Wednesday, December 18, 2013

Hyper-dialectic and the I-I

From this post, distinguishing Merleau-Ponty's hyper-dialectic from the usual kind:

“What we call hyper-dialectic is a thought that, on the contrary, is capable of reaching truth because it envisages without restriction the plurality of the relationships and what has been called ambiguity. The bad dialectic is that which thinks it recomposes being by a thetic thought, by an assemblage of statements, by thesis, antithesis, and synthesis; the good dialectic is that which is conscious of the fact that every thesis is an idealization, that Being is not made up of idealizations or of things said… but of bound wholes where signification never is except in tendency” (VI 94)."

"Merleau-Ponty’s hyper-dialectic is envisaged as being a situational thought that must criticize all thinking that ignores the conditional nature of idealizations, and it must also maintain a vigilance to ensure that it does not itself become one of them. This is why Merleau-Ponty describes his project as propounding an ‘indirect’ ontology, rather than a direct ontology (VI 179)."
MP's emphasis on the conditional nature of idealizations is another way of saying the metaphysics of presence, which is one of those assumed presuppositions in scientific objectivism and the 'bad dialectic.'

In this post he elaborates:

"Merleau-Ponty does not intend to suggest…an absolute awareness of one’s own ’subjectivity’…. Lived relations can never be grasped perfectly by consciousness, since the body-subject is never entirely present-to-itself….There is ambiguity then, precisely because we are not capable of disembodied reflection upon our activities, but are involved in an intentional arc that absorbs both our body and our mind (PP 136). For Merleau-Ponty, both intellectualism and empiricism presuppose ‘a universe perfectly explicit in itself’ (PP 41), but residing between these two positions, his body-subject actually requires ambiguity and, in a sense, indeterminacy.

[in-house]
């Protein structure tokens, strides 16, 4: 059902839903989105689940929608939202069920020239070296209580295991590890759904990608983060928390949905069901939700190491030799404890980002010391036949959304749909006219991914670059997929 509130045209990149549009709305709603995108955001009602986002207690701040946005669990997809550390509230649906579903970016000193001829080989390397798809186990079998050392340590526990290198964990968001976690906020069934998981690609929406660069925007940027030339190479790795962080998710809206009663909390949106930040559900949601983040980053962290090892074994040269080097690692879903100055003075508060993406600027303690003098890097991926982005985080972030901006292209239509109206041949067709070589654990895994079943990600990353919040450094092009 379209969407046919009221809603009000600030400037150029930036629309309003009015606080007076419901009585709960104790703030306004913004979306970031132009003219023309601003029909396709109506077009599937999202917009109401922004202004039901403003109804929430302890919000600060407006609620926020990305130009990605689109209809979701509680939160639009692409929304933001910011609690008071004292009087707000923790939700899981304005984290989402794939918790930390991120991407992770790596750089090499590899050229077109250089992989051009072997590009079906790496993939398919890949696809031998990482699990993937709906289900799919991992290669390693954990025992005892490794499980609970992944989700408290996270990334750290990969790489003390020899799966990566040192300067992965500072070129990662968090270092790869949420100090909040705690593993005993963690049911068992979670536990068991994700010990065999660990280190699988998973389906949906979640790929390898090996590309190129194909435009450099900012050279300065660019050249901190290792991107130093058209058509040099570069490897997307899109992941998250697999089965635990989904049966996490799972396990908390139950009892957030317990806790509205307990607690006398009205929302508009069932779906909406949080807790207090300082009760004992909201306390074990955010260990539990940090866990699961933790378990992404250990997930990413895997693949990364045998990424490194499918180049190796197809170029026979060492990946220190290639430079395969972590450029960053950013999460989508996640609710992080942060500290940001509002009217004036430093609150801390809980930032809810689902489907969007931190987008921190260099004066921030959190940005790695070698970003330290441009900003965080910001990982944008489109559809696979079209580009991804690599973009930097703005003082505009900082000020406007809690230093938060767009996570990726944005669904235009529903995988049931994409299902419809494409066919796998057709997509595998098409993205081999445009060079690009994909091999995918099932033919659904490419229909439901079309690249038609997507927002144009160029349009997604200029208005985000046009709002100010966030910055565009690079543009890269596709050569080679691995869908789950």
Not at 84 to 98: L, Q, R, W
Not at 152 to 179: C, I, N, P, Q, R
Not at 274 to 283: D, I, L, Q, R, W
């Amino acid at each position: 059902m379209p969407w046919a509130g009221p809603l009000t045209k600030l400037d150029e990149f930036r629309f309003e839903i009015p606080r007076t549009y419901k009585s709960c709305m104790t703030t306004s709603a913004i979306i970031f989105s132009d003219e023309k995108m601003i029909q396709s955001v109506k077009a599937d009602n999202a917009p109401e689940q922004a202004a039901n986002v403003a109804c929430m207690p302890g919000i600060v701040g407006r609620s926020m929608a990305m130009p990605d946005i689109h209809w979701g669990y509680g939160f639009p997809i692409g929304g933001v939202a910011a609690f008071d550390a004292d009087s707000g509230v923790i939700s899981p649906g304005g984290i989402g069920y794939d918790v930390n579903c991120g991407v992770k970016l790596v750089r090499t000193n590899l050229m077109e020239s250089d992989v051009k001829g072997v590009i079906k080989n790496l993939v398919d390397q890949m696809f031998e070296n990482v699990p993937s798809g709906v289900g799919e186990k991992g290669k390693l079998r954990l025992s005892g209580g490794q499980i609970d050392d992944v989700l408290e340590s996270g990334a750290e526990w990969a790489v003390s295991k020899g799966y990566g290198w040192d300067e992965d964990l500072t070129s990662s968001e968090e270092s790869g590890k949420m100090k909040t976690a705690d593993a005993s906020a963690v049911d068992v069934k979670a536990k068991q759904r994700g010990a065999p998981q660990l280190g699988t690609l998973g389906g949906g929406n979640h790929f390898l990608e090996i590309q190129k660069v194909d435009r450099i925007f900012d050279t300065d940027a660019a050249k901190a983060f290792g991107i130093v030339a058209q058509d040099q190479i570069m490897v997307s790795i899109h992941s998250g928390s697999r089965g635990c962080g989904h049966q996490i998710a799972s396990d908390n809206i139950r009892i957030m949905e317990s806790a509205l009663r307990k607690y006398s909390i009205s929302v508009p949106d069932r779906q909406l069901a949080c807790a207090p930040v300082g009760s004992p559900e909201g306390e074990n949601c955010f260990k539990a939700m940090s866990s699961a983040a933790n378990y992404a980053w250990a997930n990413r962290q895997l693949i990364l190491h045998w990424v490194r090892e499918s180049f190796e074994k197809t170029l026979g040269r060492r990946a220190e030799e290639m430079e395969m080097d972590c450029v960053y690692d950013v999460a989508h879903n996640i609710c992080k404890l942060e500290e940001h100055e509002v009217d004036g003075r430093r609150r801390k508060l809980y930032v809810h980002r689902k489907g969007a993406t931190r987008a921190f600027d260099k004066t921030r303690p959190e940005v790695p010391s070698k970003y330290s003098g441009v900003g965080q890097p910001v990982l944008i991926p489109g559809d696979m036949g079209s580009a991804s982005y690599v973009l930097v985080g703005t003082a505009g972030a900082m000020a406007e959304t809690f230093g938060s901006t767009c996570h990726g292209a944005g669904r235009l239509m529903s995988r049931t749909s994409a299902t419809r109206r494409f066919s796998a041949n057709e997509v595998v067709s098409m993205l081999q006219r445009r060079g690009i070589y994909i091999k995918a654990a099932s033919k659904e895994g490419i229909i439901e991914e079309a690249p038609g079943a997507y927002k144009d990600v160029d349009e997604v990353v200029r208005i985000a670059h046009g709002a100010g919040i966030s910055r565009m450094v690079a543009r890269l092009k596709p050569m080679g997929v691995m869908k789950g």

“Merleau-Ponty seems to be suggesting that the relationship that we have to ourselves is one that is always typified by alterity, on account of a temporal explosion towards the future that precludes us ever being self-present…. There can be no self-enclosed ‘now’ moment because time also always has this reflexive aspect that is aware of itself, and that opens us to experiences beyond our particular horizons of significance. Indeed, it is because of this temporal alterity, that Merleau-Ponty asserts that we can never say ‘I’ absolutely" (PP 208).

This goes for I-I as well.*

*From the integral glossary:

anterior self: One of the three major aspects of the overall self, along with the proximate and distal self. The anterior self is a person’s sense of the Witness, the pure Self, or “I-I,” shining through the proximate self at whatever stage of self-development. See I-I.

I-I: Sri Ramana Maharshi’s term for the Witness, or the root of attention. The Witness is an “I-I” because it witnesses or reflects the little “I”: the ego or small self. See anterior self.

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